white ancestors who were not slave masters, including a woman who started a
family with John Kecatan, an African slave freed in 1666. The ladies were
intrigued by his discoveries but not surprised, Mr. Heinegg said.
Curious about his findings, he began tracing free black families related to
his wife by combing colonial court records, wills, deeds, free Negro registers,
marriage bonds and military pension files. Many were dauntingly unindexed.
''Nobody has done anything like this,'' said Dr. Virginia Easley DeMarce, a
historian and former president of the National Genealogical Society who works
for the Office of Federal Acknowledgment, Department of the Interior, which
decides who is an American Indian. ''Paul is the first person to identify
families of color on such a broad scope,'' gathering material from entire states
rather than just a county or two.
Dr. Berlin said, ''There were communities in 17th- and 18th-century
America where blacks and whites, both free, of equal rank and shared
experiences, were working together, living together, drinking and partying
together, and inevitably sleeping together.''
Tracing those communities has not been easy. ''People of color are often
not identified as such in early records,'' Mr. Heinegg said. ''For example, an
individual might appear in deeds and court records and leave a will without
ever mentioning his race.'' Sometimes a person's race can be discerned only by
studying the tax assessed on nonwhites. If a man paid the tax on his wife but
not himself, Mr. Heinegg said, it meant he was white but she was not.
An added challenge is that racial identity can mutate from free black to
white in just a few generations. In my Archer ancestors' case, it was mixed
marriages and a cross-country move: my great-great-grandfather Esquire
Collins and his wife, Roxalana Archer, are listed as mulatto in an 1800's
Tennessee census but show up as white on a later Arkansas census. ''You
crossed over as early as you were able to,'' said Antonia Cottrell Martin, a
genealogist in New York. Mixed-race families who had difficulty passing
sometimes explained dark complexions as coming from an American Indian or
Mediterranean ancestry. ''It's what people in the South used to call Carolina
Portuguese,'' said Dr. DeMarce, who comes from a mixed-race background.
''Free African Americans of North Carolina,'' self-published by Mr.
Heinegg in 1991, won an award from the North Carolina Genealogical Society.
(The American Society of Genealogists gave a later edition the Donald Lines
Jacobus Award for best work of genealogical scholarship.) But the book also
stirred controversy. Some white members of the North Carolina group were
upset with his findings and asked that the award be withdrawn, Mr. Heinegg
Dr. DeMarce said: ''He's just publishing the documents. He's not
interpreting them. That's up to anthropologists.''
Mr. Heinegg is familiar with racial prejudice. He and his wife, who met as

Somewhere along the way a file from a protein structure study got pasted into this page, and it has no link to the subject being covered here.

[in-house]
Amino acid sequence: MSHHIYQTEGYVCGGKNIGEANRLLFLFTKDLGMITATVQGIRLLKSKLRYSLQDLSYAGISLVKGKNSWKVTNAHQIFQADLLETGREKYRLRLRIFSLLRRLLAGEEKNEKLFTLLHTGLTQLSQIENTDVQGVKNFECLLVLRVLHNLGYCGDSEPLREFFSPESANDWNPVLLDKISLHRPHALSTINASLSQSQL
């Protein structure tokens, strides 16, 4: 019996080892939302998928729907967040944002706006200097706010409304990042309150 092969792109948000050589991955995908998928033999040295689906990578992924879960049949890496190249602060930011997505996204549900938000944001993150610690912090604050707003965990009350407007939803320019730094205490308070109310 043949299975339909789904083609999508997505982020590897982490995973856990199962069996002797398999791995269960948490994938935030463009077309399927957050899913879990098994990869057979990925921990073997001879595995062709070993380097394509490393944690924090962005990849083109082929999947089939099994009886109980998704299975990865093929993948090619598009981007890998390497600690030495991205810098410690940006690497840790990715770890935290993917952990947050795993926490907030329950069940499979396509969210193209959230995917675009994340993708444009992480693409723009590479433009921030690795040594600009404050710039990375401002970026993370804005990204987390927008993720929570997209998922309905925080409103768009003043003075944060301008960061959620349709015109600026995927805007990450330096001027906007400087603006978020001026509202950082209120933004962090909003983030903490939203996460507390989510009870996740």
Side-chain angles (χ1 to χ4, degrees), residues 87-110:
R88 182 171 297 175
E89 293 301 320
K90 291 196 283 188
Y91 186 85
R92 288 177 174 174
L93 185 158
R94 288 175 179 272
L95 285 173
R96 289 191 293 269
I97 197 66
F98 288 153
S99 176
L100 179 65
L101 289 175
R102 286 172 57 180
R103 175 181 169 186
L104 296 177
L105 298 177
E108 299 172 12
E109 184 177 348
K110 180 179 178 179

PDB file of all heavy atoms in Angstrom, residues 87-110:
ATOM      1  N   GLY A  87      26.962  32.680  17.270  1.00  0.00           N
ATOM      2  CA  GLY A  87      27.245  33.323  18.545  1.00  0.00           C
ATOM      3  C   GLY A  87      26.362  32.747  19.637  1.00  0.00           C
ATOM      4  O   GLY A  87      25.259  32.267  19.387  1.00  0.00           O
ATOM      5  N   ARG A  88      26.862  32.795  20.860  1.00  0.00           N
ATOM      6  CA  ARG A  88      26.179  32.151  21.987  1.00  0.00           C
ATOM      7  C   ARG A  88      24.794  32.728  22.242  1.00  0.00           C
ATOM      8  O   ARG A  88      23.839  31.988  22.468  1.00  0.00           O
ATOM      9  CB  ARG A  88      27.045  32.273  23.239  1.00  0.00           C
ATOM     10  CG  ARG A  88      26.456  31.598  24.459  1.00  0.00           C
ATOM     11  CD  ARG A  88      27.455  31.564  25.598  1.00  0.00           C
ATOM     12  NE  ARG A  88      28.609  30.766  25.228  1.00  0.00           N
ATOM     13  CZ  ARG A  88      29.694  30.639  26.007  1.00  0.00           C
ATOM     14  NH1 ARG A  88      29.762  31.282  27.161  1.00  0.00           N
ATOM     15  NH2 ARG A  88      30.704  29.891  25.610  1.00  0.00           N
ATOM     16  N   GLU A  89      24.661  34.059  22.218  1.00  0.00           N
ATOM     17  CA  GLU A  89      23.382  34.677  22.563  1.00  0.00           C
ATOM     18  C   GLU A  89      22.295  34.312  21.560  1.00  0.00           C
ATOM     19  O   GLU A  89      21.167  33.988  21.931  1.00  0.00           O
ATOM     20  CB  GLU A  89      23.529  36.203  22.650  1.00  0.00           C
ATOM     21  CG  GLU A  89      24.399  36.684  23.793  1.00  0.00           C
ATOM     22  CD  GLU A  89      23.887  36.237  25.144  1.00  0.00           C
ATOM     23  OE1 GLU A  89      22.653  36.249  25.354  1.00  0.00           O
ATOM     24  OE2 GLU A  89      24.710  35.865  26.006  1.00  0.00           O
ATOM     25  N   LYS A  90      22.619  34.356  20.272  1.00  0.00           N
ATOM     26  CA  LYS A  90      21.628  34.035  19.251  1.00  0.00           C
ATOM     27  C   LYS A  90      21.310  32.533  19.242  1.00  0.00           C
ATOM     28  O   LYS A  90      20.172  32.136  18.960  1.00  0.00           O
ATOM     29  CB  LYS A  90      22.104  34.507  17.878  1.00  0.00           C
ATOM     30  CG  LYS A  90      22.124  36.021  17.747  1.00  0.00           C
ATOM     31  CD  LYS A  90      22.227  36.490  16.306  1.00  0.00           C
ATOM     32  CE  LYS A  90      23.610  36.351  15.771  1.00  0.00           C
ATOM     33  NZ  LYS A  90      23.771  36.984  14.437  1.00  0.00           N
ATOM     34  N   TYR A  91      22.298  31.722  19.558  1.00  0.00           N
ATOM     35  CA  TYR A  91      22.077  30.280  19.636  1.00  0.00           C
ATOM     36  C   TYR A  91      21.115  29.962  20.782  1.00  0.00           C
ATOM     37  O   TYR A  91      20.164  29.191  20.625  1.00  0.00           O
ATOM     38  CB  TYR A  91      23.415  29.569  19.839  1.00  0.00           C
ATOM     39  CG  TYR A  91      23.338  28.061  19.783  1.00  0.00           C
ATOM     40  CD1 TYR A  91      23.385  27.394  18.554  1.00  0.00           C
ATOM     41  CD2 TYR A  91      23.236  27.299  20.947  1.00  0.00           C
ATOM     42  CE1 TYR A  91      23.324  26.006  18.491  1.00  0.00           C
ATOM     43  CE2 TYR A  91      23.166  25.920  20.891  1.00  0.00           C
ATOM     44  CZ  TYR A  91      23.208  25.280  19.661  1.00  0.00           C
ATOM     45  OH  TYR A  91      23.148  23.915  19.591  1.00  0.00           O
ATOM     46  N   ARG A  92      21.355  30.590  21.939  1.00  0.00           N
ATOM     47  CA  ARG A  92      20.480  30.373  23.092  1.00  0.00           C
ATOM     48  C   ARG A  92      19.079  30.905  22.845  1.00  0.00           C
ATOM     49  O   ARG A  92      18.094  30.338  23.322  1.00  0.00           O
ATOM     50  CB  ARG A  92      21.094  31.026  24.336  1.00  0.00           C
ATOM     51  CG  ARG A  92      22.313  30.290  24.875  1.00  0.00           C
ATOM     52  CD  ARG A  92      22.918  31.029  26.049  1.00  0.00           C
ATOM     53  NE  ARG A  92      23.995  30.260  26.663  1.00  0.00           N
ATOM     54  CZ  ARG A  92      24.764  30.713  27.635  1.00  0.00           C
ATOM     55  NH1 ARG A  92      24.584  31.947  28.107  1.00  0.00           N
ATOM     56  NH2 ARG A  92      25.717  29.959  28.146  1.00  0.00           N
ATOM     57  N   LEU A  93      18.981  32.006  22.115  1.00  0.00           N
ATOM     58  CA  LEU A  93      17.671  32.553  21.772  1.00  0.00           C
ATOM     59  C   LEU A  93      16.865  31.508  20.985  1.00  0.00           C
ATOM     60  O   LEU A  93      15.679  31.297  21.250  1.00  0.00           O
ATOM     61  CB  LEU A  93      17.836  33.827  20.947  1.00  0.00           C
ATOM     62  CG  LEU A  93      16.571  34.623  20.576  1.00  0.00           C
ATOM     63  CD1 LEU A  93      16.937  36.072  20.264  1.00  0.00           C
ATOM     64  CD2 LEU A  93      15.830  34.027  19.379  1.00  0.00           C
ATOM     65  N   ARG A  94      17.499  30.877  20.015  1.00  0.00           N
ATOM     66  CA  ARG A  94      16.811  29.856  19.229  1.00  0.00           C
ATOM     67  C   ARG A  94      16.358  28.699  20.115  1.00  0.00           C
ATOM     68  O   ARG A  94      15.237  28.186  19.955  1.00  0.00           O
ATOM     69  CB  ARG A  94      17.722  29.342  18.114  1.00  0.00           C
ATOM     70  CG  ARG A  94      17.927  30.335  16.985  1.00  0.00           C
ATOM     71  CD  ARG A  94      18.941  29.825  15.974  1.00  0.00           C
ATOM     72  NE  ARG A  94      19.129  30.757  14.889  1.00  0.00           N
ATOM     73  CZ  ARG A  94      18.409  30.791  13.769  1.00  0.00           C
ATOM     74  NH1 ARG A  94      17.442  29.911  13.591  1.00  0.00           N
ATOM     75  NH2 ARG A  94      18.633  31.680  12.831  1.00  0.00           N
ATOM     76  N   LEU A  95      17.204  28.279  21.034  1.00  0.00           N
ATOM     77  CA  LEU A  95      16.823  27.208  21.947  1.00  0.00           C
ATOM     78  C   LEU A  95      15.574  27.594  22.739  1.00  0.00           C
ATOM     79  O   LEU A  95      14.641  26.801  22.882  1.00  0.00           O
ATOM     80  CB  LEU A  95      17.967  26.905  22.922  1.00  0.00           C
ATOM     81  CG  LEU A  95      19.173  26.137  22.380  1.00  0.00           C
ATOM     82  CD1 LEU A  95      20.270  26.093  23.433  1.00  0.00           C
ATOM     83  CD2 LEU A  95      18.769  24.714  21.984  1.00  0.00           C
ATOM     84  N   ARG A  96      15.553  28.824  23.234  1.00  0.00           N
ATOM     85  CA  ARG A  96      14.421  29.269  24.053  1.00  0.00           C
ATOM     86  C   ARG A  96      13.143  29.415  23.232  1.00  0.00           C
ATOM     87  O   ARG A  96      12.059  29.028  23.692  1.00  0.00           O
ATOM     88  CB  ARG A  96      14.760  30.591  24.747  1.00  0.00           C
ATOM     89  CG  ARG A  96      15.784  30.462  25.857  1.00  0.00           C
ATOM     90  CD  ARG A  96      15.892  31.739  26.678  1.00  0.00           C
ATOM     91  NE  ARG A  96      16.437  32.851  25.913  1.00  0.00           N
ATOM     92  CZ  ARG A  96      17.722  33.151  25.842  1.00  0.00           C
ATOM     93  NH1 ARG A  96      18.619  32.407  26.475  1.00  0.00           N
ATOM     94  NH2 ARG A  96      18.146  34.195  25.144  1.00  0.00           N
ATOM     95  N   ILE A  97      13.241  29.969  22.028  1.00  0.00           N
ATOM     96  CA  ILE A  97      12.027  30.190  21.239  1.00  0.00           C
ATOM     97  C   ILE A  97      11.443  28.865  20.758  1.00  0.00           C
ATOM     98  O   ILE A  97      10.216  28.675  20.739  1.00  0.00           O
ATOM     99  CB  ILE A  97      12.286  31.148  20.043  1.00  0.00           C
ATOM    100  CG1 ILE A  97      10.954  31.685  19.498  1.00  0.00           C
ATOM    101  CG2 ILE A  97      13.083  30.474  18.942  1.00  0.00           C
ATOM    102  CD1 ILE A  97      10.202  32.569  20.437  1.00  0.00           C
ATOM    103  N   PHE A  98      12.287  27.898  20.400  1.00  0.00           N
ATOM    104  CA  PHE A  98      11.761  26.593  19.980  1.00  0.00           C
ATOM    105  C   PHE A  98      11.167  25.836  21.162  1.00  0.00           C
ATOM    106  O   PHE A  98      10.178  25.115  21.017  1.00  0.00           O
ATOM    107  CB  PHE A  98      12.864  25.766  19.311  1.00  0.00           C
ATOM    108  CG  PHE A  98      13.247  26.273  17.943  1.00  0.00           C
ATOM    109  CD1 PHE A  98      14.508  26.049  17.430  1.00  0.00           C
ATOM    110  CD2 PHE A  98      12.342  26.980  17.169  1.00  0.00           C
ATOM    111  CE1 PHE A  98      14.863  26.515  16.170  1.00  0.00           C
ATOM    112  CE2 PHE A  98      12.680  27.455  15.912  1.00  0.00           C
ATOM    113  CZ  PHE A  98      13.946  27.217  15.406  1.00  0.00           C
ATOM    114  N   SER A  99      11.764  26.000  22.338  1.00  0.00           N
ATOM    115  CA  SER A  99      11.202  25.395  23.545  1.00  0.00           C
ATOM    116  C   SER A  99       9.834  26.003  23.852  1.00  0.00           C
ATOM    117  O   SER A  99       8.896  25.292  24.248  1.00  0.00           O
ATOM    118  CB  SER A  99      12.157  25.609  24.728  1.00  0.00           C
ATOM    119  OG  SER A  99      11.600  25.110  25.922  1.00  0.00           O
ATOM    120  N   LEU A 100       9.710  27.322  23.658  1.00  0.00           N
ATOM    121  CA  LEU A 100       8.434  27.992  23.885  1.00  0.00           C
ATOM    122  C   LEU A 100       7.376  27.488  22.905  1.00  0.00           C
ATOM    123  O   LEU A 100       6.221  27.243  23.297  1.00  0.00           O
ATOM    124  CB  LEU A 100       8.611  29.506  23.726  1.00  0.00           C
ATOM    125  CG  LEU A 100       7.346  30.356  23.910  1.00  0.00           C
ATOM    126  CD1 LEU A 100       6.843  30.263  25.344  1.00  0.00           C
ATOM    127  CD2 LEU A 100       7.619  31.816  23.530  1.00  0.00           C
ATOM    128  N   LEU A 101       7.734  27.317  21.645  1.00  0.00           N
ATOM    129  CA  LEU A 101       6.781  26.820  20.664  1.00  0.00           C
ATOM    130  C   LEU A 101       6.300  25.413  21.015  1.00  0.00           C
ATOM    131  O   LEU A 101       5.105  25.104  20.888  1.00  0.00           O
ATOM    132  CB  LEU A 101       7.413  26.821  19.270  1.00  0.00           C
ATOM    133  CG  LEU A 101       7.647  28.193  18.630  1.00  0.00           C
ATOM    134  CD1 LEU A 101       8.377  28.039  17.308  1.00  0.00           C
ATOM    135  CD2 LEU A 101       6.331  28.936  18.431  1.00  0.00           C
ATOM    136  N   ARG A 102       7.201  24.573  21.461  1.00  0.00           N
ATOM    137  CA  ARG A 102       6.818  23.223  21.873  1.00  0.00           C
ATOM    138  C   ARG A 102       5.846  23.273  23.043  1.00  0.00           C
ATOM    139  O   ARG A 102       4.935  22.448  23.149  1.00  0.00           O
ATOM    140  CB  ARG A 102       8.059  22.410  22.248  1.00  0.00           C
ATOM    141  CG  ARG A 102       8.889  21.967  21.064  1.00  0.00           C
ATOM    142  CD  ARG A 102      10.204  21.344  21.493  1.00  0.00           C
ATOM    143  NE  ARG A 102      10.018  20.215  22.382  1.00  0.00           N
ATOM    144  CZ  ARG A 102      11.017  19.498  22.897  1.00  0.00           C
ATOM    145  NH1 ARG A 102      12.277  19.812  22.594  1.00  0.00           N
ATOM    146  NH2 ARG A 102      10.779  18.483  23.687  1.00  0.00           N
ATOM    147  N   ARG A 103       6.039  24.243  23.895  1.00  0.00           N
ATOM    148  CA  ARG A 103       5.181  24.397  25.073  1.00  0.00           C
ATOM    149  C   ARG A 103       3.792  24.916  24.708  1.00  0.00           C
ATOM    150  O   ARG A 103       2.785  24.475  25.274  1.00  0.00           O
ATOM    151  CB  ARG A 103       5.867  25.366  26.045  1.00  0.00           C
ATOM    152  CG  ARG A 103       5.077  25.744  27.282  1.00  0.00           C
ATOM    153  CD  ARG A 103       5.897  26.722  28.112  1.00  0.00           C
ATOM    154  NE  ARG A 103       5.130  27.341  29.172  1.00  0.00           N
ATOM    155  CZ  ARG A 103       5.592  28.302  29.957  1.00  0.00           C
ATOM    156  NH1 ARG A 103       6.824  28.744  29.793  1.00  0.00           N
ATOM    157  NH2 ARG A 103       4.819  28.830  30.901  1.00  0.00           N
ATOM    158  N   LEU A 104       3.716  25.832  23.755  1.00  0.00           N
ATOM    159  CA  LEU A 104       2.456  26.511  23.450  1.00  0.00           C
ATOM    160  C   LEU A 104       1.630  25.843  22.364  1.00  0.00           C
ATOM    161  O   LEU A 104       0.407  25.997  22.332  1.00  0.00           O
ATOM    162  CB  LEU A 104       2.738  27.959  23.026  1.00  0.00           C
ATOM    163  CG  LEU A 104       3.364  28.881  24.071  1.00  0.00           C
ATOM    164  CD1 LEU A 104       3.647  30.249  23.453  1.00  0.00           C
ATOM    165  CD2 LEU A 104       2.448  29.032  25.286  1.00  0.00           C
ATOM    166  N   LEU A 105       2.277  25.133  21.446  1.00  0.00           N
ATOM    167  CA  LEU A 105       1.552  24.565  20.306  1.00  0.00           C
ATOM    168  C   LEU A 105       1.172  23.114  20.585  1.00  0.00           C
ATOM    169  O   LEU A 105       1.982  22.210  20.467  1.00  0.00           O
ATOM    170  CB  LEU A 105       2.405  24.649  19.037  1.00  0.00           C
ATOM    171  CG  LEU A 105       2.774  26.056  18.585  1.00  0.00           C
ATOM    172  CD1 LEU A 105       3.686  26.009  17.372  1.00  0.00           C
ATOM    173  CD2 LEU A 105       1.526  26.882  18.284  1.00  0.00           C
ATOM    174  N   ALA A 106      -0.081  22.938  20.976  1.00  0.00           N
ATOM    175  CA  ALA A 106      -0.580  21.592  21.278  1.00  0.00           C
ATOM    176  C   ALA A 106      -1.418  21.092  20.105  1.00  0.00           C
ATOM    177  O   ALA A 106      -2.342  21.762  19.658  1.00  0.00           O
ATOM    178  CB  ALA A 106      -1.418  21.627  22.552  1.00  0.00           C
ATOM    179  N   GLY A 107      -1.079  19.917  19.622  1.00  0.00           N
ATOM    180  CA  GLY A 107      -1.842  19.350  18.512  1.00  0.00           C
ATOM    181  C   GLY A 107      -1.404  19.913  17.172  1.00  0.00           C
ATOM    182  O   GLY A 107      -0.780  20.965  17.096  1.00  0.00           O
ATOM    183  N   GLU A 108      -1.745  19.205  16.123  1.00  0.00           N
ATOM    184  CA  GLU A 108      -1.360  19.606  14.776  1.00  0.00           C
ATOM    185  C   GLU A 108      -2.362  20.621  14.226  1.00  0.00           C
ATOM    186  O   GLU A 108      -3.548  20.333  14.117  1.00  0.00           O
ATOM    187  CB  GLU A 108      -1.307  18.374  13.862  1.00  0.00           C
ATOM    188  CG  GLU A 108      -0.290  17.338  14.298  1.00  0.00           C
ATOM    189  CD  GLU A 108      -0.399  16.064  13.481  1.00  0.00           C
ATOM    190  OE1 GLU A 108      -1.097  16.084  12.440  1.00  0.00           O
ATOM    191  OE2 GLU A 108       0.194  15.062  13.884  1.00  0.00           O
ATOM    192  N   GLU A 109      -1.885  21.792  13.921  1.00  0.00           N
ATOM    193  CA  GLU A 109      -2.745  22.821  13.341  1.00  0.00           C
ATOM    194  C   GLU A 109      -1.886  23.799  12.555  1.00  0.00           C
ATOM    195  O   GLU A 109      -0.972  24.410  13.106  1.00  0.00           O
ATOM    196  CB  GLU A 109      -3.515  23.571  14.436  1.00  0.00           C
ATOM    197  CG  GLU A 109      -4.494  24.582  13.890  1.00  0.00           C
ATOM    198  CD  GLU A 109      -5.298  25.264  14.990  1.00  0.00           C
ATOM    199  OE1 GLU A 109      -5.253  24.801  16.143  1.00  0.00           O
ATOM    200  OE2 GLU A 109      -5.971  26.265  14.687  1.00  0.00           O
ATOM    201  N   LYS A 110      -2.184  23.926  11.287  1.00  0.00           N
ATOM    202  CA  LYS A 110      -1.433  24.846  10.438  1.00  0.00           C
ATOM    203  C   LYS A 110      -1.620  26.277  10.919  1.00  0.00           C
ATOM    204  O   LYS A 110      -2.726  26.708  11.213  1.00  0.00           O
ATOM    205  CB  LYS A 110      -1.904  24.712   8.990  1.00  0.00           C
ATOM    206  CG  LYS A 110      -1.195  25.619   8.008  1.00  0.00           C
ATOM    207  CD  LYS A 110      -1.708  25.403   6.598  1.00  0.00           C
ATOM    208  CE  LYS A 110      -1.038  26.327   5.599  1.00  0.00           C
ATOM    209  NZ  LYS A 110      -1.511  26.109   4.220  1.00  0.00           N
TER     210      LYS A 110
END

members of the Brooklyn outpost of the Congress on Racial Equality, left the
country in 1969, disgusted by what they saw as a lack of progress. They raised
their three daughters in Tanzania, Liberia and Saudi Arabia.
But even when he was abroad, Mr. Heinegg ordered microfilm records by
mail and spent one-month vacations in the United States to peer at faded
records in county courthouses. He still works on his research, and updates his
book and Web site regularly. A new edition of ''Free African Americans'' is
published every two years by Clearfield, a division of the Genealogical
Publishing Company, Inc., www.genealogical.com. The latest two-volume
paperback costs $100 and is 1,042 pages long.
The index to Mr. Heinegg's book lists more than 12,000 individuals,
including ancestors of mine it would be nice to know more about, like Richard
Nickens and his wife, Chriss, freed in 1690 by the will of John Carter II, a
prominent Virginia planter. Nickens and his wife were given two cows, six
barrels of corn and the right to farm some Carter land for life.
Matters like these fascinate me. My brother, Derrick, finds our black
ancestry only mildly interesting, being riveted instead by our Native American
blood. My eldest nephew, Justin, an elementary school pupil obsessed with
islands, cherishes the knowledge that one ancestor was shipwrecked on
Bermuda in 1609.
Genealogy is not regarded as an academic discipline, Dr. DeMarce said,
which is why Mr. Heinegg's work is not more widely known. And his lists are
published by a specialty house, not a university press, she said, ''so it's unlikely
to be reviewed by a major publication like The American Historical Review.''
Mr. Heinegg prefers to let the academics find his work on their own. Right
now, he is busy adding more free black Virginia families to his list. ''My goal,''
he said, ''is to find the origins of every family that was free in the Southeast
during the colonial period.''